Monday, July 05, 2010

Canada: Spies Like Us -- Richard Fadden

Canada's top spy recently ran away at the mouth, revealing more information than he had intended, spilling the beans, letting the cat out of the bag, placing all of his cards on the table about Canadian politicians being unduly influenced by foreign operatives.

Believing there's no use crying over spilt milk -- or secrets -- Richard Fadden, Canada's Spook-in-Chief, announced today that he won’t resign as a result of his faux pas.

Yes, that’s Canadian government in a nutshell:

(a) Filled with people completely unsuited for the jobs they hold;
(b) Wreaking untold havoc and embarrassing themselves in those jobs;
(c) Driven by a steadfast unwillingness to give up those jobs.

From The
OTTAWA-In a surprise move, Canada’s chief spy stood by his comments that some Canadian politicians are being unduly influenced by foreign power.

But while telling a parliamentary committee he regrets the making the candid remarks, Richard Fadden said emphatically he would not resign his position as CSIS director because he violated no law.

Expected to back away from comments made in a recent television interview, Fadden instead told the committee “it is a concern and a threat.”
. . .
In a speech recorded by the CBC TV and in follow up questions with CBC's The National, Fadden said that some Canadian politicians, including unnamed provincial cabinet ministers, and municipal employees are under the influence of foreign governments.
. . .
Fadden emphasized that his candid comments in no way threatened national security.
Maybe Canadians need to become foreign lobbyists in order to have any influence with our government. Canadian politicians and bureaucrats are certainly immune to anything the electorate has to say to them or about them. Citizens are now forced to take on different incarnations in order to be heard by their elected officials.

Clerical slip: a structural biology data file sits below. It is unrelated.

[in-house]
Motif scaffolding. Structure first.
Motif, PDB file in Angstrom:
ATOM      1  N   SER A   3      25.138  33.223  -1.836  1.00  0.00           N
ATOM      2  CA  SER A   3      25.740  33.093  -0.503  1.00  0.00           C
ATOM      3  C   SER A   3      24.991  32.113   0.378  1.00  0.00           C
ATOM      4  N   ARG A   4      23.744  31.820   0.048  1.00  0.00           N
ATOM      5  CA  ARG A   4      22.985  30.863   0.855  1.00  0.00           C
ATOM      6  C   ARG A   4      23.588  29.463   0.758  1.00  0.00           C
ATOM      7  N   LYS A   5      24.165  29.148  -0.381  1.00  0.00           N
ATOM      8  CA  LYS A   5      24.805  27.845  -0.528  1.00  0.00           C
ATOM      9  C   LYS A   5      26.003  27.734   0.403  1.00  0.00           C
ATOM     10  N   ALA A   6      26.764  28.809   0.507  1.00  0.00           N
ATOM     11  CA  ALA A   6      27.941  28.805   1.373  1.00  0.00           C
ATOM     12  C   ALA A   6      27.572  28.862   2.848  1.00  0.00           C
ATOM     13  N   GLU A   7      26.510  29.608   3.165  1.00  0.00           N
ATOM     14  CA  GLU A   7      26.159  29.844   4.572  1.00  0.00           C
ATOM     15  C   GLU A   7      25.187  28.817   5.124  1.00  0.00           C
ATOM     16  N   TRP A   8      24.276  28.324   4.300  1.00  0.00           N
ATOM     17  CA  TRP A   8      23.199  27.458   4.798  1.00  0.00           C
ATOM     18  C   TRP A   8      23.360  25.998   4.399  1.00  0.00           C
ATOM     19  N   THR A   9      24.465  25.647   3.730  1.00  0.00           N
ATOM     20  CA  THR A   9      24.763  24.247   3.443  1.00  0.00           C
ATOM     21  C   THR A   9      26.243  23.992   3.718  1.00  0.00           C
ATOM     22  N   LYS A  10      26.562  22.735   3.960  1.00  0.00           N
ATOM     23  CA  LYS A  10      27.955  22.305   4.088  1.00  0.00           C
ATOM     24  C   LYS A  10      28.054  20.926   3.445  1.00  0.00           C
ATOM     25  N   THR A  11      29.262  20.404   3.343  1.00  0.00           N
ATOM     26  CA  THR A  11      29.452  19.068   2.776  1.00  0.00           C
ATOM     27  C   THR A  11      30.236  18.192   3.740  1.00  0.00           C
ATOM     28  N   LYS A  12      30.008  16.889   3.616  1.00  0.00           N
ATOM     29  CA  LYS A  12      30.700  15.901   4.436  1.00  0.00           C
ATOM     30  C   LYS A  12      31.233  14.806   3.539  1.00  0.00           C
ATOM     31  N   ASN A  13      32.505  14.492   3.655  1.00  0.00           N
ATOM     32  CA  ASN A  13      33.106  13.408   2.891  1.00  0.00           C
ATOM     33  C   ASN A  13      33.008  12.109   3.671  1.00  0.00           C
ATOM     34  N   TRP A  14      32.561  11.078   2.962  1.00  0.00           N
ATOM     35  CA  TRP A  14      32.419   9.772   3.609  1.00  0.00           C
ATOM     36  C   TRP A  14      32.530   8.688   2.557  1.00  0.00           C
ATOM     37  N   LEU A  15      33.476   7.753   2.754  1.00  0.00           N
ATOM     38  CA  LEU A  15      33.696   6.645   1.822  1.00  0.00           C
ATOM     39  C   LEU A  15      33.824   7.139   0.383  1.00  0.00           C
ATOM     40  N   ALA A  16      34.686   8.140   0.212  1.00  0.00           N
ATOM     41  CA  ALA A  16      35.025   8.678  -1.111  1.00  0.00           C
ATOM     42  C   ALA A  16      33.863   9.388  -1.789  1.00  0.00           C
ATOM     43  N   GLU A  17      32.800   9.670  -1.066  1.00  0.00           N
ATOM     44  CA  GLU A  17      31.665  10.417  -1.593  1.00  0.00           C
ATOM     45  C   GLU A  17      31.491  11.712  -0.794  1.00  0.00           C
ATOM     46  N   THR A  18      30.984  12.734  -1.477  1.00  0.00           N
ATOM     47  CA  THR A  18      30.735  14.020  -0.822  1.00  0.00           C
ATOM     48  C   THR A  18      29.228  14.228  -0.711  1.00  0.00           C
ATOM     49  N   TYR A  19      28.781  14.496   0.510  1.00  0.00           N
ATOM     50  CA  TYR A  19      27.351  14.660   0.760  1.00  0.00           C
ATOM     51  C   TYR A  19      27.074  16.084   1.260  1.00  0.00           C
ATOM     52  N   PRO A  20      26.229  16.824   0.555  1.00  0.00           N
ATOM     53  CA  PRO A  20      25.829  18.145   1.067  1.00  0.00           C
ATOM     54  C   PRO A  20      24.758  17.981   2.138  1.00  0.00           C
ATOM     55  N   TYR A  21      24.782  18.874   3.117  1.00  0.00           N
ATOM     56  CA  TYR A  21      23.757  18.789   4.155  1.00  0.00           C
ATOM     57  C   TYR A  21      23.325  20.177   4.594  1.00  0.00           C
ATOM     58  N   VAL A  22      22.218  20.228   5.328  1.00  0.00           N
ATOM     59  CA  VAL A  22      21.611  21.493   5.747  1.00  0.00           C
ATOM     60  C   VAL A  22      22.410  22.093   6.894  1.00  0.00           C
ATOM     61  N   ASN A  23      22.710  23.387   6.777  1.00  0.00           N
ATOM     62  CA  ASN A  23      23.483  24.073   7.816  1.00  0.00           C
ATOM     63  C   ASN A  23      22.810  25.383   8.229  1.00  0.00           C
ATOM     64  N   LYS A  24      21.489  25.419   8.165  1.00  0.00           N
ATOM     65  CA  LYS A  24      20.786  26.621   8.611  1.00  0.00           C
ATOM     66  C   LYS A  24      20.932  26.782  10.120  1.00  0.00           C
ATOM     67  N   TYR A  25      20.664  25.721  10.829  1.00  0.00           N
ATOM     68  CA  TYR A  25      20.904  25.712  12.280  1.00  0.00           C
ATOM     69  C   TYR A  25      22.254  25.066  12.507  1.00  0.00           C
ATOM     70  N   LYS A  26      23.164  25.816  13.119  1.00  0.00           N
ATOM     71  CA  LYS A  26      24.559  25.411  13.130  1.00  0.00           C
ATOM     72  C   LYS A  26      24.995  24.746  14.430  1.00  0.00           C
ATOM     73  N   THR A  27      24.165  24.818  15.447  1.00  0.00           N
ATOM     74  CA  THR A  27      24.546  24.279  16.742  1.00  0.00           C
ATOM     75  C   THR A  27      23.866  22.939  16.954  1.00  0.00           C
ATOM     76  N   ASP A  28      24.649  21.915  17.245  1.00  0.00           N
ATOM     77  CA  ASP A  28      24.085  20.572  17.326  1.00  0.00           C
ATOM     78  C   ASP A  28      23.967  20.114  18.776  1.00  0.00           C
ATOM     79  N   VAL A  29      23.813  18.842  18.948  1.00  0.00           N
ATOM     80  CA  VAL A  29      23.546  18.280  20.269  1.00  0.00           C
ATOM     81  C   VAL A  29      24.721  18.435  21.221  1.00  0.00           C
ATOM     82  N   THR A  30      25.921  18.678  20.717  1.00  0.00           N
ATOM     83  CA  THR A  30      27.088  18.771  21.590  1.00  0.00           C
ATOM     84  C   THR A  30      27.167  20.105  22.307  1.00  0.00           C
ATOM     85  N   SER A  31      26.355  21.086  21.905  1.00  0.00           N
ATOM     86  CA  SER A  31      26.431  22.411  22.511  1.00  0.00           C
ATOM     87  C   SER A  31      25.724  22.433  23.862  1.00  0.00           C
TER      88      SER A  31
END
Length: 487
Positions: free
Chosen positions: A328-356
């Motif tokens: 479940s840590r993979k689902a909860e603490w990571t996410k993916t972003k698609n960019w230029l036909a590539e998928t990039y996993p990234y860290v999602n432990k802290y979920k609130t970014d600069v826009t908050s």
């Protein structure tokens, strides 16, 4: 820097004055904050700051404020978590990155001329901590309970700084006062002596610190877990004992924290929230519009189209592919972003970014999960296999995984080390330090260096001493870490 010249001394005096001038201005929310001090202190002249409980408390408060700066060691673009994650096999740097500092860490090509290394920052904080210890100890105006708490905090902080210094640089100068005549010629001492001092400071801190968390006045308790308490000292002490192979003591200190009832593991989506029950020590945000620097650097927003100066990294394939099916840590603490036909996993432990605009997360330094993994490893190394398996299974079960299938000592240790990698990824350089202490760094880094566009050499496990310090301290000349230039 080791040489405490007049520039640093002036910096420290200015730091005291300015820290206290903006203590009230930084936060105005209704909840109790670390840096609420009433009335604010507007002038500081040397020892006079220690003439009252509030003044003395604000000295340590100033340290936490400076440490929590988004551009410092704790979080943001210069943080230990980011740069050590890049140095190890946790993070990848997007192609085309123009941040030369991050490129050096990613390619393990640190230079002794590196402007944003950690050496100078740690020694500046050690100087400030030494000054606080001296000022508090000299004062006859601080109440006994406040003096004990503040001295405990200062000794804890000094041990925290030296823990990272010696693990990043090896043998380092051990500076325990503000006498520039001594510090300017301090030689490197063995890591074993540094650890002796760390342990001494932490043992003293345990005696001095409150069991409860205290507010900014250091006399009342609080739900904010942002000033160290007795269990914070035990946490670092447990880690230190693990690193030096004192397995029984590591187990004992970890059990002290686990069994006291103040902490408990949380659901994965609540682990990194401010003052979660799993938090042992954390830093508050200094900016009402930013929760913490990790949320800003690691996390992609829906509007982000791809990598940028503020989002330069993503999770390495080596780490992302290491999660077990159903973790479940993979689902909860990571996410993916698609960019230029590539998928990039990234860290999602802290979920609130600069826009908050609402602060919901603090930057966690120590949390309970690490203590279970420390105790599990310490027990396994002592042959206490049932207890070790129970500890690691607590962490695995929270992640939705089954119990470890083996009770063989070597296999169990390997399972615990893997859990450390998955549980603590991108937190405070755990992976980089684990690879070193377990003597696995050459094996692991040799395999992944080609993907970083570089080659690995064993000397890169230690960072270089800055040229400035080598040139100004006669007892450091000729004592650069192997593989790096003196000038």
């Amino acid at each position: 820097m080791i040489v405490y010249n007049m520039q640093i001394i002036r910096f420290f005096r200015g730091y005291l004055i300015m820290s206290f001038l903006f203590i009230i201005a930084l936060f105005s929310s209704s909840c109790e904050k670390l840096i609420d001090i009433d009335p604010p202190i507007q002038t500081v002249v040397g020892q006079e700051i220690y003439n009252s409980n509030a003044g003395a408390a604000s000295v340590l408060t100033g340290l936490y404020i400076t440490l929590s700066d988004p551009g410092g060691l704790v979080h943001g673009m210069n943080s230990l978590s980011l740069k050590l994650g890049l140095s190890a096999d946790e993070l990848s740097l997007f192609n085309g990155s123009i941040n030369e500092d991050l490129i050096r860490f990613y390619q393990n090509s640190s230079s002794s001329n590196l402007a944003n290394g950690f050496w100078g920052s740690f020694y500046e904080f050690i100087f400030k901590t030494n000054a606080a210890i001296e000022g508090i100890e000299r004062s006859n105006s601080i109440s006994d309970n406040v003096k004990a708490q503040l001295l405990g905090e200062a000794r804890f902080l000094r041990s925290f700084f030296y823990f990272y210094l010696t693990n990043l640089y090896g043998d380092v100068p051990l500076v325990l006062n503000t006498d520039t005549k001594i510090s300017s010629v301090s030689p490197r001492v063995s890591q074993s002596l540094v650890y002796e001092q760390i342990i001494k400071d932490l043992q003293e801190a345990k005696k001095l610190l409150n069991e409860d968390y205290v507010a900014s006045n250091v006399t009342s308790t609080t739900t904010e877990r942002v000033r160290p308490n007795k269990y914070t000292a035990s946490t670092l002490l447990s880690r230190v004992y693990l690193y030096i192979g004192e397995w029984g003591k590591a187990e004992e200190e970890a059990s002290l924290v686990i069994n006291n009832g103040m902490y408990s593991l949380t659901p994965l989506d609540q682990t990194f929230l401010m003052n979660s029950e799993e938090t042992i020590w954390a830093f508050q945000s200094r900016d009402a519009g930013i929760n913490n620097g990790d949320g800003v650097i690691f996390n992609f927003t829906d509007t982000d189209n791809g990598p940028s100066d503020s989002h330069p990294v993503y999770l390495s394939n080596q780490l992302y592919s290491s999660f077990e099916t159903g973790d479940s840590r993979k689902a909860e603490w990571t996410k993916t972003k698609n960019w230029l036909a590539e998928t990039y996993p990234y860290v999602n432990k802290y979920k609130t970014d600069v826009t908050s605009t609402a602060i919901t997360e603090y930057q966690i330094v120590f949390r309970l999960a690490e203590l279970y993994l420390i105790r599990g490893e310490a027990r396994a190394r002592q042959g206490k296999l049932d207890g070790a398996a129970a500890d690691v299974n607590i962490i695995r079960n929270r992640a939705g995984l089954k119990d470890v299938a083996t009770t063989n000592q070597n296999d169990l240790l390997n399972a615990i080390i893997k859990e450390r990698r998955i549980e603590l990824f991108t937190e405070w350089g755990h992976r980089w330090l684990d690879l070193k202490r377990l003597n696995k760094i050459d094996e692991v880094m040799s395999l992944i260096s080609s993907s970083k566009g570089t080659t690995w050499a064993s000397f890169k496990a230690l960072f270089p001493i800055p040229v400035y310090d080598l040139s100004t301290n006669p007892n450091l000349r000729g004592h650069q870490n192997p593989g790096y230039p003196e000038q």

Inside the Hotdog Factory is now taking passport applications for its newly incorporated principality of Lobbyistan. As with Canada, the criteria for prospective citizens is wide open. If you breathe air, you’re what Lobbyistan is looking for!

In the meantime, if anyone reading this blog post works with Richard Fadden, be sure you don’t allow any secrets of any importance near him. I hear he has a problem with saying too much -- a distinctly unCanadian failing.


Anonymous said...

Did it occur to you that Richard Fadden's statements were calculated to discourage certain individuals from questionable actions who CSIS legally couldn't arrest? Even if that isn't the case you'd have to be living under a rock not to realize many foreign powers have an interest in influencing Government officials in Canada, and frankly I'm pleased that Richard Fadden is honest with the public about it. This isn't the first time a Canadian official has talked about spies within Canadian borders, and Canada has been the victim of A LOT of spy-related activity, as you can see in the references below.

- 01/24/2000 : Channel News Asia : Beijing Spies Stole Canadian Nuclear Secrets

- 01/31/2000 : Asian Political News : Chinese spies reportedly stole Canada's nuclear technology

- 09/06/2002 : The National Post / Rense : Israeli Mossad Spies Accused of Posing as Canadians

- 09/19/2003 : Ottawa Sun / Cryptome : Nine Israelis face deportation: Spy agency suspects they may be foreign agents

- 06/15/2005 : CBC : Defectors say China running 1,000 spies in Canada

- 06/16/2005 : CTV : Chinese spies cost Canada billions: Harper

- 04/16/2006 : : Government vows to curb Chinese spying on Canada

- 05/09/2006 : Asian Pacific Post : Shhhh! Don’t speak about Chinese spies (This is an editorial written by Raymond Chan, the MP of Richmond, BC at the time)

- 12/28/2006 : The Moscow Times : Accused Spy Deported by Canada

- 04/30/2007 : CTV : China is top espionage risk to Canada according to CSIS

- 04/30/2007 : The Star : China tops spy list: CSIS

- 12/04/2008 : CBC : Financial intelligence uncovers foreign espionage in Canada

- 03/30/2009 : CBC : Reported internet spy network just tip of iceberg: researcher